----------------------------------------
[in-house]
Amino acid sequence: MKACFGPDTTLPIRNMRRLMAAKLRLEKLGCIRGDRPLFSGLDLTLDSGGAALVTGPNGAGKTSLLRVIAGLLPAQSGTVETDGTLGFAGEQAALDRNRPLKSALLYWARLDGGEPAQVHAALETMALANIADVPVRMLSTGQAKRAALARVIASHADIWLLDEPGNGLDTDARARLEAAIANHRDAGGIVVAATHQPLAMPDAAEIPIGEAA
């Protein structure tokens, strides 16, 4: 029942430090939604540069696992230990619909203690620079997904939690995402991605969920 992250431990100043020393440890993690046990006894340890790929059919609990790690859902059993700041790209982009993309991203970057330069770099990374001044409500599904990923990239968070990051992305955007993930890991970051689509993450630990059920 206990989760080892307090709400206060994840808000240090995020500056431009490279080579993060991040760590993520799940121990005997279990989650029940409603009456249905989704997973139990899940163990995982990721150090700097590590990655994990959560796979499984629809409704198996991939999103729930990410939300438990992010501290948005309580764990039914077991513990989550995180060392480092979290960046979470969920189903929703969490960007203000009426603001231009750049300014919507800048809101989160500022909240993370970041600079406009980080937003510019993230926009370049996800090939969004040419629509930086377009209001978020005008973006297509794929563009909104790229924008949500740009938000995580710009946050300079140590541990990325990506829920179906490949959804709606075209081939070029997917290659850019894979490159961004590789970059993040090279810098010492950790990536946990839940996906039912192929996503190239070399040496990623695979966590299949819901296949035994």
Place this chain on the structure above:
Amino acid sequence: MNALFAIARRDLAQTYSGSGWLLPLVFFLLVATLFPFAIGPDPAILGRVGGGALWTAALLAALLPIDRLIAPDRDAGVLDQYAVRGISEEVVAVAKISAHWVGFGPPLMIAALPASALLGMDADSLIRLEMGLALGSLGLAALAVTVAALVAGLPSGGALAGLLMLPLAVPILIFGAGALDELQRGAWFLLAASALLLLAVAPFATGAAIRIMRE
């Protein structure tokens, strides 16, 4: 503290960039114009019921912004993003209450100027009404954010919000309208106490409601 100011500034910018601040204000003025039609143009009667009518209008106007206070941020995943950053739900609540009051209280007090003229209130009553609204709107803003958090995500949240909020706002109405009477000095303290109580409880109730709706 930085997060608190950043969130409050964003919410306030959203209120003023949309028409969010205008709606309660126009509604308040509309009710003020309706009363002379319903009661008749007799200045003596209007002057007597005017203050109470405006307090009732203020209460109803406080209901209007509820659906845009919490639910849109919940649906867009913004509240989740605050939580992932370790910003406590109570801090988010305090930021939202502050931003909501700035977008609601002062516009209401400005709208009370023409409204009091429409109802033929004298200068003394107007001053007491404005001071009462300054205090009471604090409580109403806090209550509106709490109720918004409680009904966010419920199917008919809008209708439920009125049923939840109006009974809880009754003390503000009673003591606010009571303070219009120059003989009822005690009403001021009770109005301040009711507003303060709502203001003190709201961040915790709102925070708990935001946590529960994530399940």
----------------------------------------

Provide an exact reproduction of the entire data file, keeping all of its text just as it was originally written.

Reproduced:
[in-house]
Amino acid sequence: MKACFGPDTTLPIRNMRRLMAAKLRLEKLGCIRGDRPLFSGLDLTLDSGGAALVTGPNGAGKTSLLRVIAGLLPAQSGTVETDGTLGFAGEQAALDRNRPLKSALLYWARLDGGEPAQVHAALETMALANIADVPVRMLSTGQAKRAALARVIASHADIWLLDEPGNGLDTDARARLEAAIANHRDAGGIVVAATHQPLAMPDAAEIPIGEAA
């Protein structure tokens, strides 16, 4: 029942430090939604540069696992230990619909203690620079997904939690995402991605969920 992250431990100043020393440890993690046990006894340890790929059919609990790690859902059993700041790209982009993309991203970057330069770099990374001044409500599904990923990239968070990051992305955007993930890991970051689509993450630990059920 206990989760080892307090709400206060994840808000240090995020500056431009490279080579993060991040760590993520799940121990005997279990989650029940409603009456249905989704997973139990899940163990995982990721150090700097590590990655994990959560796979499984629809409704198996991939999103729930990410939300438990992010501290948005309580764990039914077991513990989550995180060392480092979290960046979470969920189903929703969490960007203000009426603001231009750049300014919507800048809101989160500022909240993370970041600079406009980080937003510019993230926009370049996800090939969004040419629509930086377009209001978020005008973006297509794929563009909104790229924008949500740009938000995580710009946050300079140590541990990325990506829920179906490949959804709606075209081939070029997917290659850019894979490159961004590789970059993040090279810098010492950790990536946990839940996906039912192929996503190239070399040496990623695979966590299949819901296949035994």
Place this chain on the structure above:
Amino acid sequence: MNALFAIARRDLAQTYSGSGWLLPLVFFLLVATLFPFAIGPDPAILGRVGGGALWTAALLAALLPIDRLIAPDRDAGVLDQYAVRGISEEVVAVAKISAHWVGFGPPLMIAALPASALLGMDADSLIRLEMGLALGSLGLAALAVTVAALVAGLPSGGALAGLLMLPLAVPILIFGAGALDELQRGAWFLLAASALLLLAVAPFATGAAIRIMRE
């Protein structure tokens, strides 16, 4: 503290960039114009019921912004993003209450100027009404954010919000309208106490409601 100011500034910018601040204000003025039609143009009667009518209008106007206070941020995943950053739900609540009051209280007090003229209130009553609204709107803003958090995500949240909020706002109405009477000095303290109580409880109730709706 930085997060608190950043969130409050964003919410306030959203209120003023949309028409969010205008709606309660126009509604308040509309009710003020309706009363002379319903009661008749007799200045003596209007002057007597005017203050109470405006307090009732203020209460109803406080209901209007509820659906845009919490639910849109919940649906867009913004509240989740605050939580992932370790910003406590109570801090988010305090930021939202502050931003909501700035977008609601002062516009209401400005709208009370023409409204009091429409109802033929004298200068003394107007001053007491404005001071009462300054205090009471604090409580109403806090209550509106709490109720918004409680009904966010419920199917008919809008209708439920009125049923939840109006009974809880009754003390503000009673003591606010009571303070219009120059003989009822005690009403001021009770109005301040009711507003303060709502203001003190709201961040915790709102925070708990935001946590529960994530399940």